"Wordy British playwright Clive Barker has written a verbose, obnoxious, and talky script called The History of the Devil.  Barker uses the premise that people blame their actions and decisions on the Devil’s behind-the-scenes manipulation of situations.  Talk about pretentious claptrap and when the Nearly Naked Theatre production by artistic director Damon Dering is bland, monotonous, and uninteresting, even decent acting by an eleven person ensemble who essay 35 diverse characters fairly well can’t make the play into viable theater.  The Devil is portrayed as a suave, man-about-town.  We meet people who essay various situations that the Devil manages.  Once they realize his control and their lack of influence over their own lives, the play gets very repetitious. Beyond the dull and poorly written play, much of the problem lies in director Dering’s rambling production that he never lets catch the fire it must have to entrance audiences.  David Nelson bounds on stage initially as the Devil and tries, without success, to bring the play the energy it lacks by using the Devil’s tricky malarkey to spice things up.  But neither Nelson’s commanding performance nor the hard-working efforts of the rest of the ensemble are enough to keep things interesting.  There’s nothing distinguished about the physical production so there’s little visual interest to pull the audience into the play.  Be warned that the play contains nudity. The opening night audience gave the production polite but short applause and quickly left at the play’s conclusion.  Many were commenting upon exiting that the play 'wasn’t their cup of tea.' " -Chris Curcio, KBAQ (click here to read the complete review)

"It's not theology, exactly, that drags The History of the Devil down. This early play by horror fiction's second-most-famous contemporary novelist is an intriguing thought experiment, but it's messy and, despite its long playing time, underdeveloped. And so, too, is this production directed by Nearly Naked founder Damon Dering, with scenery seemingly assembled from fabric-store remnants. Performances are similarly slapped together out of bad accents and cartoonish caricatures, including a demon that sounds like a Disney parrot. Centuries after his exile from Paradise, Lucifer — played as a smarmy hipster by David Nelson — is up for parole. He magically drags an entire courtroom to a crocodile-infested lake in Kenya (why? the subtext of that is probably best left unexamined) in an effort to prove he's innocent of instigating man's inhumanity to man and thus earn his return to heaven. Individually, these scenes are potentially provocative, but they never jell into a compelling narrative arc, especially because the courtroom characters all come off as sketchy first drafts. The twist ending is clever, but it comes far too late to rescue the chaotic proceedings." -Kerry Lengel, Arizona Republic (click here to read the complete review)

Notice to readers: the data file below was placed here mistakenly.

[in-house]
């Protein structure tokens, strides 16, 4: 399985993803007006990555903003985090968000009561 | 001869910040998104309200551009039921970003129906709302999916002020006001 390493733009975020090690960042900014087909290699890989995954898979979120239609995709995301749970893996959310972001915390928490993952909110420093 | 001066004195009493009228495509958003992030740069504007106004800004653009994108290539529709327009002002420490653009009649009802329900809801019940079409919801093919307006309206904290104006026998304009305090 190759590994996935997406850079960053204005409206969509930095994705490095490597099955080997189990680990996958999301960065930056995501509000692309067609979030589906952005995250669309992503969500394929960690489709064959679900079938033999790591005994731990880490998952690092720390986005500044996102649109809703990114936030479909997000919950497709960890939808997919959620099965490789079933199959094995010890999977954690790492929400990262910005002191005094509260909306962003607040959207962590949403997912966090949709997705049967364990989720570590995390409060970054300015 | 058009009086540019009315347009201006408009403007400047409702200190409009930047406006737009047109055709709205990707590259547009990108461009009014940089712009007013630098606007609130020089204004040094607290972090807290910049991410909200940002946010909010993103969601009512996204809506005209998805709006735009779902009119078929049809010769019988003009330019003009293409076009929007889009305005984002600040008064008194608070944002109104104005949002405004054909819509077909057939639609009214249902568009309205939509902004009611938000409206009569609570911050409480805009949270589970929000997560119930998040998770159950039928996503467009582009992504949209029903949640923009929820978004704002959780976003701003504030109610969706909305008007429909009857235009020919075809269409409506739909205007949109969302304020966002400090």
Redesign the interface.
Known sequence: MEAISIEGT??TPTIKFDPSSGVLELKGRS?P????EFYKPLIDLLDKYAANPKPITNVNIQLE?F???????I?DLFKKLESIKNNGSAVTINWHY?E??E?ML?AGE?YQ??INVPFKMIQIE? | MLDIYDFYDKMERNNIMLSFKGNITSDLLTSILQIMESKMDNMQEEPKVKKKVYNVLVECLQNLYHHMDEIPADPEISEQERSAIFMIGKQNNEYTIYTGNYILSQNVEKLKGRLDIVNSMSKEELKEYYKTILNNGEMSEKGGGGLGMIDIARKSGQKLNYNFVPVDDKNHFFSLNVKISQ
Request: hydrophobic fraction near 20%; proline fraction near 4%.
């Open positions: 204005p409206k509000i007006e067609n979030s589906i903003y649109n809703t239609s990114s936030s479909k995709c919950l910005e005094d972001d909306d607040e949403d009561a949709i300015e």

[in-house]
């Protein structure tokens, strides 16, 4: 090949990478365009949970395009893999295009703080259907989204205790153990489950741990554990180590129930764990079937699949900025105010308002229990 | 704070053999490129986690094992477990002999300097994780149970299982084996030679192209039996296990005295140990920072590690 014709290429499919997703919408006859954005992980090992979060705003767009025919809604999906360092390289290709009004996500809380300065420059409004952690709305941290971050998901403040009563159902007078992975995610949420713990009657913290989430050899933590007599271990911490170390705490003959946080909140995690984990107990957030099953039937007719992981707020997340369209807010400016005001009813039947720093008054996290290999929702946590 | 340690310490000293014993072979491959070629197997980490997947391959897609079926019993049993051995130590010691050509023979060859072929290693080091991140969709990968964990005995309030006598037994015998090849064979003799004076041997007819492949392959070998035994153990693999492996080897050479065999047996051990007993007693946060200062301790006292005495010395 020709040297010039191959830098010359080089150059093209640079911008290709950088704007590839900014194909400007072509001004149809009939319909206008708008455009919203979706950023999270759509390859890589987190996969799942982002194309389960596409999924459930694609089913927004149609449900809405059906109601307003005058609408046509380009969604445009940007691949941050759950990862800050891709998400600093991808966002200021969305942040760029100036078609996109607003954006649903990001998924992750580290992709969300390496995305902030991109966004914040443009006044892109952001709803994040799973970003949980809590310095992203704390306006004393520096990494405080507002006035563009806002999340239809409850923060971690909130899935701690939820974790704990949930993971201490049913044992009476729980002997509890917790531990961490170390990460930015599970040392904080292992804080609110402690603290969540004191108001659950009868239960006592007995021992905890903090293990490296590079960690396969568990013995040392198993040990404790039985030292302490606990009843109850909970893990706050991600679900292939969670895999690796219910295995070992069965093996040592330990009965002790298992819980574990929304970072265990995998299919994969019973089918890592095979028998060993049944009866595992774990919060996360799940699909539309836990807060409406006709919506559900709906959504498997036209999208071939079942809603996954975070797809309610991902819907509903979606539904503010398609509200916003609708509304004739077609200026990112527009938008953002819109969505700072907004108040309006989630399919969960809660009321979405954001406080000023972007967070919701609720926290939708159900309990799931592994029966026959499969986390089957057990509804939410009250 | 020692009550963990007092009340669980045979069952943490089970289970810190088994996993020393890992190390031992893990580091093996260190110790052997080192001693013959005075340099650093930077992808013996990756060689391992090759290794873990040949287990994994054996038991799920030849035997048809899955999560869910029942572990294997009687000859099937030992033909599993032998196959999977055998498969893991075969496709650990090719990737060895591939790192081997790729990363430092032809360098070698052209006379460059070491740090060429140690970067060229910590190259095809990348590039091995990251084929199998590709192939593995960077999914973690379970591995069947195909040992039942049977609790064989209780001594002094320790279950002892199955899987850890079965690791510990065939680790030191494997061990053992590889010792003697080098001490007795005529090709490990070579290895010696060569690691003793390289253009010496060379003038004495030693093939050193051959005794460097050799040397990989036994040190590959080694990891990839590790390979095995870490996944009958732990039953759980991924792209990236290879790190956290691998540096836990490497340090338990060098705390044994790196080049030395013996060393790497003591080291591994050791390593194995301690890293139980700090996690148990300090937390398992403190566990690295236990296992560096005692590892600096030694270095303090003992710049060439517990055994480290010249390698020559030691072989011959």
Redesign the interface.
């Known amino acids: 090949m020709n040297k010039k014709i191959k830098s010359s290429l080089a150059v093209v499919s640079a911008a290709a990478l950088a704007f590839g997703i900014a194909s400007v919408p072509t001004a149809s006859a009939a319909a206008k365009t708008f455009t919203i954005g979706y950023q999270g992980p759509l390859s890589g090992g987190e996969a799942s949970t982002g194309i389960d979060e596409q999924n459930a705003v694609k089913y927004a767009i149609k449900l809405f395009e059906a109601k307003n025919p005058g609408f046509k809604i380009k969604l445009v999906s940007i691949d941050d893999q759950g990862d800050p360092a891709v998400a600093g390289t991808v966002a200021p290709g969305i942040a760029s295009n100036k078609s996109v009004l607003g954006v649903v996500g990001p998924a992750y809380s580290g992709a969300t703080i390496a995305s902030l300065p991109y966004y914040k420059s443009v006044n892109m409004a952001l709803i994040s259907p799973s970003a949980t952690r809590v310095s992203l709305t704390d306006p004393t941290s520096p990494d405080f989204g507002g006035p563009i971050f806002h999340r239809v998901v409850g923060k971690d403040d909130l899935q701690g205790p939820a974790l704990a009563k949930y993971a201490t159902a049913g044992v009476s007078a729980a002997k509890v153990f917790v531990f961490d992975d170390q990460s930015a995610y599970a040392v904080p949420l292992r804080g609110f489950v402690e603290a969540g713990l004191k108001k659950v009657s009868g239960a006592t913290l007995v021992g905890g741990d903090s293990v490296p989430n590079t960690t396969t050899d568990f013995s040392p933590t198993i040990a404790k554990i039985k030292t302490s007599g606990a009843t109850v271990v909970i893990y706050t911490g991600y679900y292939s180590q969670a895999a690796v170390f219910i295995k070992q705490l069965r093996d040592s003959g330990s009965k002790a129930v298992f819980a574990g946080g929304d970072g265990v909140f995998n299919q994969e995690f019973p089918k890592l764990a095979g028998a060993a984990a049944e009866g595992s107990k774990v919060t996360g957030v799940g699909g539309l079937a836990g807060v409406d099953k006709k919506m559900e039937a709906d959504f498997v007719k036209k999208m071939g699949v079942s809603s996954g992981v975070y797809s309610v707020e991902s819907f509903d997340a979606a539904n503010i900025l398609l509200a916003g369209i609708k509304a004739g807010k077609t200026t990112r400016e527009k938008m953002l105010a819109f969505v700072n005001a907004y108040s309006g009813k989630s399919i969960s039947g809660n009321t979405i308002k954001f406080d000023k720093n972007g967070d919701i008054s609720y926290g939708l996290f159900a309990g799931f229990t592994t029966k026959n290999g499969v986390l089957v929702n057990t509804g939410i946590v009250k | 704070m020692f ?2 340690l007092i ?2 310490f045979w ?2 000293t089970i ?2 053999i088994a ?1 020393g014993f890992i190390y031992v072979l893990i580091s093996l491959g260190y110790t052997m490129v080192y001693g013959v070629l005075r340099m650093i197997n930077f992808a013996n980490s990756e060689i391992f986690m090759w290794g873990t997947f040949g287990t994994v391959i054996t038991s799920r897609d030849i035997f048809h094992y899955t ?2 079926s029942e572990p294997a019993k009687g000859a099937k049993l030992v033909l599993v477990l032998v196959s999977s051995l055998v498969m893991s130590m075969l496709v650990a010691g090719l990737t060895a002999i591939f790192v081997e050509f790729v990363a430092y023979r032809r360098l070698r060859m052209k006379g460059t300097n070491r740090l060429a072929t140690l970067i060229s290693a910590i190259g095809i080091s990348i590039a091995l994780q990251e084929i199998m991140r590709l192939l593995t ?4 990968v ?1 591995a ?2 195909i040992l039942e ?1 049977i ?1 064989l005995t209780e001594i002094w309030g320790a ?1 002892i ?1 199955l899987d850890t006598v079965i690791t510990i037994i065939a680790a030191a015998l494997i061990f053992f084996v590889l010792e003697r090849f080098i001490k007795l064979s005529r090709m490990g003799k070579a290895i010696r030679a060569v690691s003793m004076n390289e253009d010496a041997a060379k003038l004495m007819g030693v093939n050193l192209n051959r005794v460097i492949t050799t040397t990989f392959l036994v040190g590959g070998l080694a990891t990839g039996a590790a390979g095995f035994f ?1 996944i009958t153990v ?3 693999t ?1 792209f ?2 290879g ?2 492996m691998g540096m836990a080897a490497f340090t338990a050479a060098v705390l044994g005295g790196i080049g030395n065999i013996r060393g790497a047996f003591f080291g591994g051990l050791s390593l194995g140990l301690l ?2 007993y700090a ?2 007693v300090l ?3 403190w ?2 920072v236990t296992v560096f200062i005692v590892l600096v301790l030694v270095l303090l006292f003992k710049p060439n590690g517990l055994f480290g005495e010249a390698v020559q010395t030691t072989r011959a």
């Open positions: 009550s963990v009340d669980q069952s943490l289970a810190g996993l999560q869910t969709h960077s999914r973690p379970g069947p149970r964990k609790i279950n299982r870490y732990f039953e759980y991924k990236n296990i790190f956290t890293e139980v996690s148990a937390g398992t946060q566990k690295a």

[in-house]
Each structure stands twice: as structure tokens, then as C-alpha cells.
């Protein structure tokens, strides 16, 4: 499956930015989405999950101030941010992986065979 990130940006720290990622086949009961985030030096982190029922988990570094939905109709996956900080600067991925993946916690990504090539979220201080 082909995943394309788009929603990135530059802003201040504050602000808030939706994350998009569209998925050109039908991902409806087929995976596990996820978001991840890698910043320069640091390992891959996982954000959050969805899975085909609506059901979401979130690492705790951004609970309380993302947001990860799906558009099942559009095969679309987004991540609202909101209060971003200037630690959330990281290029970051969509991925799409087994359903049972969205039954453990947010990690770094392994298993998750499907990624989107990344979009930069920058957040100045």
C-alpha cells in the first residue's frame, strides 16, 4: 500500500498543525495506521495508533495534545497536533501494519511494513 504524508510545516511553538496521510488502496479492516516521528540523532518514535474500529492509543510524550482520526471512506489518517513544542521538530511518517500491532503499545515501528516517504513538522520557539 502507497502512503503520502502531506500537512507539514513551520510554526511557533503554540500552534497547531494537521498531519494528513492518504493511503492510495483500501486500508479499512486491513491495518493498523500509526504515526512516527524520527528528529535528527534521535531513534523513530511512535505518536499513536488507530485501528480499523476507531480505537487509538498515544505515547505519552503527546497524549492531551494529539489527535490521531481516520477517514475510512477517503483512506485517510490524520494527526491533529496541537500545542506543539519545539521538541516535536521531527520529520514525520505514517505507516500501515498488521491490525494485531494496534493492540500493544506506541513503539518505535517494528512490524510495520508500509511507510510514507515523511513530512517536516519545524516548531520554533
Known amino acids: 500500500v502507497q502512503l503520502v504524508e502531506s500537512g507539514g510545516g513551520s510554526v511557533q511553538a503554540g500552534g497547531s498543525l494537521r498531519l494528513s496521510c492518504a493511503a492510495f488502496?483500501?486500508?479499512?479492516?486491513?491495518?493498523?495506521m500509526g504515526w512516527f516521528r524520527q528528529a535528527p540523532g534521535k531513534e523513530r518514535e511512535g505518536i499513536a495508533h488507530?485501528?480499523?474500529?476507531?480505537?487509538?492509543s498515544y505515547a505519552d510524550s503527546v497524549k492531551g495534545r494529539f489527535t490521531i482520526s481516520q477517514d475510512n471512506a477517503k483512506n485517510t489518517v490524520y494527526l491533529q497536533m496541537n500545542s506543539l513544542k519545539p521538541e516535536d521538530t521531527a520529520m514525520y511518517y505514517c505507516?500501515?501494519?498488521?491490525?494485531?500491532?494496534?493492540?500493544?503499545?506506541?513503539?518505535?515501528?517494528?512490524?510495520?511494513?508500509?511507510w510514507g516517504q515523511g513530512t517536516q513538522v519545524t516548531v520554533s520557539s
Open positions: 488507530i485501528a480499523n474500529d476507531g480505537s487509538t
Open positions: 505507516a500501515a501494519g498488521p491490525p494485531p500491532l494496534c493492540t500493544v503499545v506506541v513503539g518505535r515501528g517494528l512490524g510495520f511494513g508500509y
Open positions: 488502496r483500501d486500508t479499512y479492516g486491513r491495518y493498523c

1. Totally disagree, yes it was a big long, but it was an awsomely new twist on how you see Satan. The actors all did a wonderful job with the miles of lines and multiple characters they had. The accents were terrific and it didn't need a bunch of useless props to take you to all the different places the play went.
    Another great production by Damon and the cast and crew of Nearly Naked. Forget these wrong reviews and go see it.

  2. Thanks for your thoughts and while two of the reviews above were negative I'm pretty sure the first review from Gil Benbrook at Talkin' Broadway said it was worth seeing.